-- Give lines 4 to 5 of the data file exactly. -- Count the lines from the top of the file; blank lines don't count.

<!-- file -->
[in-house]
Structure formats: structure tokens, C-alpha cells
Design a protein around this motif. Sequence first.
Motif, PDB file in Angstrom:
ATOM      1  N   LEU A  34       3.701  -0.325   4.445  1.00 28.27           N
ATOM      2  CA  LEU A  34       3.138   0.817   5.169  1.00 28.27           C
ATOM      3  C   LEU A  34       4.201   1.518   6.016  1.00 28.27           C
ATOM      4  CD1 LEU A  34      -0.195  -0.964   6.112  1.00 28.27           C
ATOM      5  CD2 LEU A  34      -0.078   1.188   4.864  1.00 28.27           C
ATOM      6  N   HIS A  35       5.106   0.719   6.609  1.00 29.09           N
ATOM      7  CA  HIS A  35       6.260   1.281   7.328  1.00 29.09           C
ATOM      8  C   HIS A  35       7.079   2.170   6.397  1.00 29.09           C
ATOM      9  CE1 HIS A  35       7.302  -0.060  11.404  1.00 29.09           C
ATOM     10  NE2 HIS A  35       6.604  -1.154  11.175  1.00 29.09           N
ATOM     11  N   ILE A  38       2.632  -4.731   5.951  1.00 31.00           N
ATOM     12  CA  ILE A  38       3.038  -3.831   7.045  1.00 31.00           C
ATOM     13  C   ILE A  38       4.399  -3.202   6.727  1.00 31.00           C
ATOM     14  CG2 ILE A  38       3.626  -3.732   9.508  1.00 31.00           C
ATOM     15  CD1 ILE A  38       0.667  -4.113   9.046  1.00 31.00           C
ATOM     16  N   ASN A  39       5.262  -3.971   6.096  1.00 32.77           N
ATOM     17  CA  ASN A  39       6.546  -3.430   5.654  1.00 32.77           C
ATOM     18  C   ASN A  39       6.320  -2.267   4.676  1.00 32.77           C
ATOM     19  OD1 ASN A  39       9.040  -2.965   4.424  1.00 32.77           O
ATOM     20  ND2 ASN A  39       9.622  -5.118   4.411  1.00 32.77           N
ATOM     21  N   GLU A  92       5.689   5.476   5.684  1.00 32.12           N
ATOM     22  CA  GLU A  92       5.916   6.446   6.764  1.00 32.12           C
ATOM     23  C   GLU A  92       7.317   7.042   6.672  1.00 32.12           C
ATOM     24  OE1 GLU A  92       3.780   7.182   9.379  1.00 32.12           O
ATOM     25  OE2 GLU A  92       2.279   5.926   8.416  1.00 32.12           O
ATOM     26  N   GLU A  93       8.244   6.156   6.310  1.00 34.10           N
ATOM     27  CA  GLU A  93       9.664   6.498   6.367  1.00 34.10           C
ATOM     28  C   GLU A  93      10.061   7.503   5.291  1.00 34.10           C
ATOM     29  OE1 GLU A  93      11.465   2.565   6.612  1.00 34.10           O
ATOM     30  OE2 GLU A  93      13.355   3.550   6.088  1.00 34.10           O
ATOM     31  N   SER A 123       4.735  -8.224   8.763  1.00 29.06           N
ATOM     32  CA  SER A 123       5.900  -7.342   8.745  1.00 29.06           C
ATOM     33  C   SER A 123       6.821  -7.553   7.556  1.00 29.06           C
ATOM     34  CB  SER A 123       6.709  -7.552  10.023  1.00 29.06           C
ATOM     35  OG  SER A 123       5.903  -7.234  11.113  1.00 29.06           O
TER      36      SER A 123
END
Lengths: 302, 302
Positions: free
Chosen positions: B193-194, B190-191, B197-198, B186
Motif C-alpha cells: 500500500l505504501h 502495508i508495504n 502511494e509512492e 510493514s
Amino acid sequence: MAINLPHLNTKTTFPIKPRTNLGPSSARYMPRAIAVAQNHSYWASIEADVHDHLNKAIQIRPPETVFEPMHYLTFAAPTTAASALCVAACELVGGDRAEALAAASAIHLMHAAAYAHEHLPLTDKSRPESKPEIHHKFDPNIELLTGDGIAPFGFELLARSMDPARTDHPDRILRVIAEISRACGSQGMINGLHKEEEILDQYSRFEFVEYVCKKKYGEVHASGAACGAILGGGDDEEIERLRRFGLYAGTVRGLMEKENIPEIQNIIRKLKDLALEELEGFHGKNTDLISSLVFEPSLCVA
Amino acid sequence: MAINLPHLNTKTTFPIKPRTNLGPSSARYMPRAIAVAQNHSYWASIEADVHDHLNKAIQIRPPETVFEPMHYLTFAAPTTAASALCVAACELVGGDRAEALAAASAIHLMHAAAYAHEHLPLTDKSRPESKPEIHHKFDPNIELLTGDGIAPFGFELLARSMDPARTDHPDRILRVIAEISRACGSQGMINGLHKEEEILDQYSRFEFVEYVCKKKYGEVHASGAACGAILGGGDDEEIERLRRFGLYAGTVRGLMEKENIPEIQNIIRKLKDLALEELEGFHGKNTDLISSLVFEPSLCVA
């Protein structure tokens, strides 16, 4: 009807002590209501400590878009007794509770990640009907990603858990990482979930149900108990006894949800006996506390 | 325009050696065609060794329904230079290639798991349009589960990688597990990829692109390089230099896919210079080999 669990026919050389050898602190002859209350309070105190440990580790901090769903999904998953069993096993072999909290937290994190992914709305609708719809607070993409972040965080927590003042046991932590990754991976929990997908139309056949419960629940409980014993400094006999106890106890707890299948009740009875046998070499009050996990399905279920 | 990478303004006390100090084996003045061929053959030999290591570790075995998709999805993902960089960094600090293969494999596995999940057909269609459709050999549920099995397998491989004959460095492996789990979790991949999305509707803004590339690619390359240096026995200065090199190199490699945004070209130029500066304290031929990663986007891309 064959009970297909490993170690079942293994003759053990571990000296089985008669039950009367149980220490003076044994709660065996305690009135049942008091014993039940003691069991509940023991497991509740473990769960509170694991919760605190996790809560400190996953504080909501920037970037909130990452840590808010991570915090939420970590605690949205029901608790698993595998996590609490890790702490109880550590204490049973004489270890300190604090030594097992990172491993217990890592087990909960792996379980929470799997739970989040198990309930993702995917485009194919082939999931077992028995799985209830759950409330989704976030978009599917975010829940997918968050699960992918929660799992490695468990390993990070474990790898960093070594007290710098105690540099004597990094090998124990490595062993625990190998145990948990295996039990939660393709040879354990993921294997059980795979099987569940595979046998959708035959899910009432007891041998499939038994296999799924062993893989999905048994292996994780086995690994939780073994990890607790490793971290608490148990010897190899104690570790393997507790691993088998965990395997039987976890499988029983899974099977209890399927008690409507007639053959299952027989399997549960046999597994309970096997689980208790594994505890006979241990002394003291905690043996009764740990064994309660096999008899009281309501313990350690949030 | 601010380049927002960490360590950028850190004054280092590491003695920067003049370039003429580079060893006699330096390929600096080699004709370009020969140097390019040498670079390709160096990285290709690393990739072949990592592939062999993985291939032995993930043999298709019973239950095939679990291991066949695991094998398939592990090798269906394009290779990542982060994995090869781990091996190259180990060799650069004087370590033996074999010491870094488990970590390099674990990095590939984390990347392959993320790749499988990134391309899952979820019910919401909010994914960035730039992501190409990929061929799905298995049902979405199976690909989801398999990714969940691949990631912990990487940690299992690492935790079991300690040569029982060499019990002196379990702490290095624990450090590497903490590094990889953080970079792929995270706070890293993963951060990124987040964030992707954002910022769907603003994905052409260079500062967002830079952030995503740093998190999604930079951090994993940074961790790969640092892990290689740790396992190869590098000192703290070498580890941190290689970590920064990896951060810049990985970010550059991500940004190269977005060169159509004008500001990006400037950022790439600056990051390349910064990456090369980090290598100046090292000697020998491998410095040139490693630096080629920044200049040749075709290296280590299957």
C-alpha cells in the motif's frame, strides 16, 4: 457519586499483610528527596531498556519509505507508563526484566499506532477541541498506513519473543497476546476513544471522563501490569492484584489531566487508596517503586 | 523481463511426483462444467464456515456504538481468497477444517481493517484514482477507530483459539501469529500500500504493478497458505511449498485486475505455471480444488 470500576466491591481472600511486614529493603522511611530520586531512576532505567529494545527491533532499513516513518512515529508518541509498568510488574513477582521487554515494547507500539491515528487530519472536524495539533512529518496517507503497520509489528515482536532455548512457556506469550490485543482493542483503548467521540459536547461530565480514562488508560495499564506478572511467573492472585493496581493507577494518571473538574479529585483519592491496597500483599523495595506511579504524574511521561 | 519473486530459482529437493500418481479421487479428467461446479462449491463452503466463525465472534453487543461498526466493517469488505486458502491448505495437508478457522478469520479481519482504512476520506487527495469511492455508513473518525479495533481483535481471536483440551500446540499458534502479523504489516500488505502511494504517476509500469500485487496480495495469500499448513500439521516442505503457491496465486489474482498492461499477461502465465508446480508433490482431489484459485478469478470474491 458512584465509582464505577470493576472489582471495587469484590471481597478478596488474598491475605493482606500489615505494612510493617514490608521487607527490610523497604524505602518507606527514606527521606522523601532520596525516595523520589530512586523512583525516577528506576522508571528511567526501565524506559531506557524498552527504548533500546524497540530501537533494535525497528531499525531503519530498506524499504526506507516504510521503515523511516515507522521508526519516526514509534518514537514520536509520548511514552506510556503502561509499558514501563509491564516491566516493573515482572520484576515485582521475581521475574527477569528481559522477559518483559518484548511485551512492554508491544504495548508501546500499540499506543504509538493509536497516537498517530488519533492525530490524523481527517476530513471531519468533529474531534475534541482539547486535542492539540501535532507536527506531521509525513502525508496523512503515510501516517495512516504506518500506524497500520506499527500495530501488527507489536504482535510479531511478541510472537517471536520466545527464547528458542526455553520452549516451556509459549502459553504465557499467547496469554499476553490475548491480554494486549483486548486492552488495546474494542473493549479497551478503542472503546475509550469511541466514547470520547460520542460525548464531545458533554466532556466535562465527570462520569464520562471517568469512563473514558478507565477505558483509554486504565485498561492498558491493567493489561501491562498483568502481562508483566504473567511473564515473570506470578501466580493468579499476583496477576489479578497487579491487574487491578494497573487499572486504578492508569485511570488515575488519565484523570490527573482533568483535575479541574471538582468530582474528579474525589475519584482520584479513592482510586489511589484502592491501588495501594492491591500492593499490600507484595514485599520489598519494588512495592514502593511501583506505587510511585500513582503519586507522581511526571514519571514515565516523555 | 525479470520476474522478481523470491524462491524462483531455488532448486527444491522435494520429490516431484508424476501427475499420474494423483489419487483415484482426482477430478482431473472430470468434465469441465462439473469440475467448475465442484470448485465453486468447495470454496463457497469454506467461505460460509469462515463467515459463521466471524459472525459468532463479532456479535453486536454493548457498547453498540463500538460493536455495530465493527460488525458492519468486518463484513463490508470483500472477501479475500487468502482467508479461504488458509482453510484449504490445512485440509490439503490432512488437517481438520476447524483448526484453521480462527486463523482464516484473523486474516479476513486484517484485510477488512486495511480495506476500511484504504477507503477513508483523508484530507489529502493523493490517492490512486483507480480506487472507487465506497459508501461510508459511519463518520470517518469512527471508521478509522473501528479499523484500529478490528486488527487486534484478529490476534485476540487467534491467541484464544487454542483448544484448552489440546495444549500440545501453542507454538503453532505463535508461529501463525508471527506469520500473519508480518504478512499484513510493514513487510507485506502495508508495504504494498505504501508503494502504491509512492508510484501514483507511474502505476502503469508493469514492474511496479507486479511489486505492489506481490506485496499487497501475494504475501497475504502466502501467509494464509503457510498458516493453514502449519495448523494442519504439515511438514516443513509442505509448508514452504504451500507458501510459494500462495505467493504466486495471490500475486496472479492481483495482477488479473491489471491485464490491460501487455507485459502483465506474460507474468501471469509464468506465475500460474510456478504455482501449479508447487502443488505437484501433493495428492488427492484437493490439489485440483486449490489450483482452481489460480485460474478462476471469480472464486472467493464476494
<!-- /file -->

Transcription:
Motif, PDB file in Angstrom:
ATOM      1  N   LEU A  34       3.701  -0.325   4.445  1.00 28.27           N